Following training in Australia, Canada and the UK, Fred Riley flew Spitfires with No 130 (Punjab) Squadron RAF from October 1943 until December 1944. Flying the Spitfire Mk.V, he escorted bombers, flew fighter sweeps, and undertook hazardous patrols on D-Day.
With a new Spitfire Mk.XIV, Fred intercepted V-1 flying bombs aimed at London. Later, from the Netherlands and Belgium, he conducted anti jet and low-level sorties over those countries and into Germany. During one such flight, Fred and his colleagues were surprised by a superior force of Luftwaffe fighters.
Fred’s logbook records historically significant names, places and events. He served with notable aces, escorted General Eisenhower, and protected transport aircraft during Operation Market Garden. The logbook ends on 22 December 1944 – Fred was shot down and severely injured while supporting beleaguered American forces.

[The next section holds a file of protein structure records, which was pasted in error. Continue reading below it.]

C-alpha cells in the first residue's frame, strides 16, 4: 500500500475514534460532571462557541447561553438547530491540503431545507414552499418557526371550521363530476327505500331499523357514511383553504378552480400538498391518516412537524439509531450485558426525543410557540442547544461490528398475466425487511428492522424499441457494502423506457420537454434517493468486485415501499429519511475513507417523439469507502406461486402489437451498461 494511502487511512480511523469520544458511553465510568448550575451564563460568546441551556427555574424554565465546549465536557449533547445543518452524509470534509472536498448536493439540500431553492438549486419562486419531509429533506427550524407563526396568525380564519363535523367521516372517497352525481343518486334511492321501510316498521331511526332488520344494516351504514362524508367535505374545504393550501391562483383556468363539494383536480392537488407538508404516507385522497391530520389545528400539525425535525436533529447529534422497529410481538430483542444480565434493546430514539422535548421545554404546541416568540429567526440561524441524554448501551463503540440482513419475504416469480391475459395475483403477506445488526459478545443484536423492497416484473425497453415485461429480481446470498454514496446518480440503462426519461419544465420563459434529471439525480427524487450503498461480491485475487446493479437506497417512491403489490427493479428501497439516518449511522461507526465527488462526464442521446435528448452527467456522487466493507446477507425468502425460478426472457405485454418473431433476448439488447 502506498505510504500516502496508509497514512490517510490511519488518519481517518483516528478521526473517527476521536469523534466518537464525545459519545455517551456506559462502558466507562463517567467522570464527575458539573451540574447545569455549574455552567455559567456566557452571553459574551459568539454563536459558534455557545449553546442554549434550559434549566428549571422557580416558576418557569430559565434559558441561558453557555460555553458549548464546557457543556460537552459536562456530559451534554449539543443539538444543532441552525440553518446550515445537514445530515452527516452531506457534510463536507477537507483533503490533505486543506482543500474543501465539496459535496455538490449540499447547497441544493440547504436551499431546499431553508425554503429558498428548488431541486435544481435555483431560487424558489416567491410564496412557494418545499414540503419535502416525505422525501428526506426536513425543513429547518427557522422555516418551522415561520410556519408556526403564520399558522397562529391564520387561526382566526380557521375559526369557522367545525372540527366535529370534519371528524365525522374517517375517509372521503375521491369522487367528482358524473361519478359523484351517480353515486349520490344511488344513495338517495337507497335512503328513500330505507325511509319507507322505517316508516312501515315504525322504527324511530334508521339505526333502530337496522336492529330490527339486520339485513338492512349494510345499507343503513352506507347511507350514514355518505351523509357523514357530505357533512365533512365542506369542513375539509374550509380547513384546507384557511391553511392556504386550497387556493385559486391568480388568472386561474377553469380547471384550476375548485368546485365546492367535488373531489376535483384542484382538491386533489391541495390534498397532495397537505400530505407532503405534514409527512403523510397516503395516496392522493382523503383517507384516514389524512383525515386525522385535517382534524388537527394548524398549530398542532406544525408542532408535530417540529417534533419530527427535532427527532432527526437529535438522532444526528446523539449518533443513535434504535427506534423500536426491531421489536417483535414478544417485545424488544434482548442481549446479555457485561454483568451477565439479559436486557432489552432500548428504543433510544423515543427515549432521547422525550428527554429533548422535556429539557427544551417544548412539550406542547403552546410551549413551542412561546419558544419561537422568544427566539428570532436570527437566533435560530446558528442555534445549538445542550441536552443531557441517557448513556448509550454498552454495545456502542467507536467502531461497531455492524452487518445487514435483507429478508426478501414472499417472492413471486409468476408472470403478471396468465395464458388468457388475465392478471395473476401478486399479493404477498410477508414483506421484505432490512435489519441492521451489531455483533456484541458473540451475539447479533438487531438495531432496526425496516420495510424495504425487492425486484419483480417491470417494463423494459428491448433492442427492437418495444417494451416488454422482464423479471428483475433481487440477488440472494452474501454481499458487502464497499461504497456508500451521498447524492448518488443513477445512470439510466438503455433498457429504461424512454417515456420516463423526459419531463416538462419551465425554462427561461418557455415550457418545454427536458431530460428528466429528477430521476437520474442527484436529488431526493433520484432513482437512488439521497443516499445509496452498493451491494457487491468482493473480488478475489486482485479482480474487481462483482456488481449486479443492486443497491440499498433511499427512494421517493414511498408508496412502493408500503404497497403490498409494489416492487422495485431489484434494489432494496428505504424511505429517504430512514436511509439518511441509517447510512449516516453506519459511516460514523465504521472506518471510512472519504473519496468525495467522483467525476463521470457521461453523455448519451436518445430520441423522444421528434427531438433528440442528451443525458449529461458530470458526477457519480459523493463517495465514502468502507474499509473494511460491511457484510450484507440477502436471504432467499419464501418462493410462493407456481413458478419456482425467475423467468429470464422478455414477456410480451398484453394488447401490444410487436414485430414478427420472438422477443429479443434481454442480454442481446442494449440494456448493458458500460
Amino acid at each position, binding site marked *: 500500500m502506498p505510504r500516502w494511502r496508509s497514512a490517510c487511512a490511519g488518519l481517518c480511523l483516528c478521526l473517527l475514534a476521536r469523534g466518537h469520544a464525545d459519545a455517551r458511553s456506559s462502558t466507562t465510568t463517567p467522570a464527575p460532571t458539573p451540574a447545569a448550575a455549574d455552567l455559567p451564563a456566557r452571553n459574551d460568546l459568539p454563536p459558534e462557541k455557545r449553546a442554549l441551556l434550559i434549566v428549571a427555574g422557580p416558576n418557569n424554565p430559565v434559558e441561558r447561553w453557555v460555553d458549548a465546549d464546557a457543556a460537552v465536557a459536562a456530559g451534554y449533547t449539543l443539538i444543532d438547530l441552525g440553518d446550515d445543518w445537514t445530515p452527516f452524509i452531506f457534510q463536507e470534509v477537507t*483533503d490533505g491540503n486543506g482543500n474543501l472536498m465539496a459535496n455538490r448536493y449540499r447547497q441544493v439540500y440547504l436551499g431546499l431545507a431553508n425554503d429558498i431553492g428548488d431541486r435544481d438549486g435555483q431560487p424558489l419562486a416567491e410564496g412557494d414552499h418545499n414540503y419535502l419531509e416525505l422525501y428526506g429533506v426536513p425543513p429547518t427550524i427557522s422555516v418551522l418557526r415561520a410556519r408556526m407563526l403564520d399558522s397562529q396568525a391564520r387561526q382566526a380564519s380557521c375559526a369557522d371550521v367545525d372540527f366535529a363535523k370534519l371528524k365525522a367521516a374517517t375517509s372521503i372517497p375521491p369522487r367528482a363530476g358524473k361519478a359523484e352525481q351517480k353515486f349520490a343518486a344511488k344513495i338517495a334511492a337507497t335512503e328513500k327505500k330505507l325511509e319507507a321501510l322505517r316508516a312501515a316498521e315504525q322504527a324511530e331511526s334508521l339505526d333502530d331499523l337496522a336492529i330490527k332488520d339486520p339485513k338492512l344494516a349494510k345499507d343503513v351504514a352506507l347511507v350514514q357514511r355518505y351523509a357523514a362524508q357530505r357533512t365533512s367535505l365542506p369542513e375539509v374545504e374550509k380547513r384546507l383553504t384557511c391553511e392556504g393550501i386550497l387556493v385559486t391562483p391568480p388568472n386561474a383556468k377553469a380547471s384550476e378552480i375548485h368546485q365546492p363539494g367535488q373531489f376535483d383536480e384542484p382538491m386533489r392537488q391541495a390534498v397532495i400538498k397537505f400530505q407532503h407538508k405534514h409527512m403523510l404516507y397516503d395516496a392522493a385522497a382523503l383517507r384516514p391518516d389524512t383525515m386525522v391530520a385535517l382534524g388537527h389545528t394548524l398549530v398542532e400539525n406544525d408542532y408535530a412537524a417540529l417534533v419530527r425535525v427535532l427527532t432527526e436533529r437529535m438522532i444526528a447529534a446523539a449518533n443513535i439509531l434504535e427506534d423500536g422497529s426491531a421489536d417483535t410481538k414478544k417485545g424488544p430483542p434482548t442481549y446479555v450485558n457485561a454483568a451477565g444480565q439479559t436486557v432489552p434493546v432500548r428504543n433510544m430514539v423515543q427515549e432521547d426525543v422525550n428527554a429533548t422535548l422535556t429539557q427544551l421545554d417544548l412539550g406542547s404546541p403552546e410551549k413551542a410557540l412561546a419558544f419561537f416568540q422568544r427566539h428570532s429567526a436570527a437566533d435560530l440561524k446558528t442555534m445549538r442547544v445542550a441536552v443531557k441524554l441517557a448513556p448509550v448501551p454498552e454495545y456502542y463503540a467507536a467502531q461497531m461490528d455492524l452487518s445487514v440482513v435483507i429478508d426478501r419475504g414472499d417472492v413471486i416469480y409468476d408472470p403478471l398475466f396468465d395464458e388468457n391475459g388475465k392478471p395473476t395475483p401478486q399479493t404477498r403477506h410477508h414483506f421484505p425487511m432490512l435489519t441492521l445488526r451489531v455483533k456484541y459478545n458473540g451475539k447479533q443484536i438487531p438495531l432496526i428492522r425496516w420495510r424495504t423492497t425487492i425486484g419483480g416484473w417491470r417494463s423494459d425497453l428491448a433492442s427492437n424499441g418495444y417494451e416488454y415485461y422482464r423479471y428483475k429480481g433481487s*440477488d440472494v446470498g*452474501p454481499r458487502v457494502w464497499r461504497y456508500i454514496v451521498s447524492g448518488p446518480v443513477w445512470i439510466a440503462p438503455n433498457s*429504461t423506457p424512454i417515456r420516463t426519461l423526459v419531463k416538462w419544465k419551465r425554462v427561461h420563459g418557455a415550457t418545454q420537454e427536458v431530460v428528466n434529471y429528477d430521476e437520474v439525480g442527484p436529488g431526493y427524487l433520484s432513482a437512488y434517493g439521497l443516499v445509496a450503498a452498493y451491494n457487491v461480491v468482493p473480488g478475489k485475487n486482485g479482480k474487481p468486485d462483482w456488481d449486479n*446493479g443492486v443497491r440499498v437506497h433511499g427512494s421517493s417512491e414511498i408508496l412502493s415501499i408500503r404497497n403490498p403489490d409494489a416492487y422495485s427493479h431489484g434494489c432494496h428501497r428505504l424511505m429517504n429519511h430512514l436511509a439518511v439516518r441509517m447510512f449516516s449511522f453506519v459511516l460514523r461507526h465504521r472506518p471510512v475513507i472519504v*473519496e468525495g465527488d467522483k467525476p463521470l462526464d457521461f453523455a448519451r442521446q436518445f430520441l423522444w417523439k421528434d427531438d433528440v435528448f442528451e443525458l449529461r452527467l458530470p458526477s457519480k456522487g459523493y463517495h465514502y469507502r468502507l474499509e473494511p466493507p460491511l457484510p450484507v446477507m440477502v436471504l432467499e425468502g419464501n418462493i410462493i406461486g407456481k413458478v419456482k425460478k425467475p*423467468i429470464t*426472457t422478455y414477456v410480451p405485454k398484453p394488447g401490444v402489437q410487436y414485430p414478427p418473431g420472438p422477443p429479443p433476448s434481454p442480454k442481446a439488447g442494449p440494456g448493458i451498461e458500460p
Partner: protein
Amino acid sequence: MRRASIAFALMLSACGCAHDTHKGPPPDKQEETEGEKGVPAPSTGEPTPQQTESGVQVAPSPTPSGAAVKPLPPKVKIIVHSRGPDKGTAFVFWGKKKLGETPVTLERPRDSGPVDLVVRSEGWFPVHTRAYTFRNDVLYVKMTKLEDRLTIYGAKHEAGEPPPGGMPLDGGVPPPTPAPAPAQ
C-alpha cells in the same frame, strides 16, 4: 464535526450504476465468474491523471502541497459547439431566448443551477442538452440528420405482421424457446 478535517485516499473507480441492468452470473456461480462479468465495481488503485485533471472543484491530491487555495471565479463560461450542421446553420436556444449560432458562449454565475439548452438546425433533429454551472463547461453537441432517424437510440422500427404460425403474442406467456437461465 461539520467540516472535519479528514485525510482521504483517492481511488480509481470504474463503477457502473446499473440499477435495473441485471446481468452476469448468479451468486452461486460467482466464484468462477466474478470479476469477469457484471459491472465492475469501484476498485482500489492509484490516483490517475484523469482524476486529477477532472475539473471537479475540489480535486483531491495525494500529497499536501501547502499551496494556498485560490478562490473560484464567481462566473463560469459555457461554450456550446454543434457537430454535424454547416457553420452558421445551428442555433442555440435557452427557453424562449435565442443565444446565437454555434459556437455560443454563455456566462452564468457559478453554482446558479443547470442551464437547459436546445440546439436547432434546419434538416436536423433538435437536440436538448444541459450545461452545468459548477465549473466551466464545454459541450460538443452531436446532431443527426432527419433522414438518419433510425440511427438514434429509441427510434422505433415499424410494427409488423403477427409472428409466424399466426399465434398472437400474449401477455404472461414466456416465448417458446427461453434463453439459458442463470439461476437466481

However, it is Fred’s memories of instructors, fellow trainees, and the pilots he flew with that are most enlightening. This account details Fred’s journey to becoming a fighter pilot and his remarkable recollections of combat over the UK and Europe. It also highlights the courage, achievements and sacrifices of the men of 130 Squadron – a multi-national group of pilots who lived up to their motto: ‘Strong to Serve’.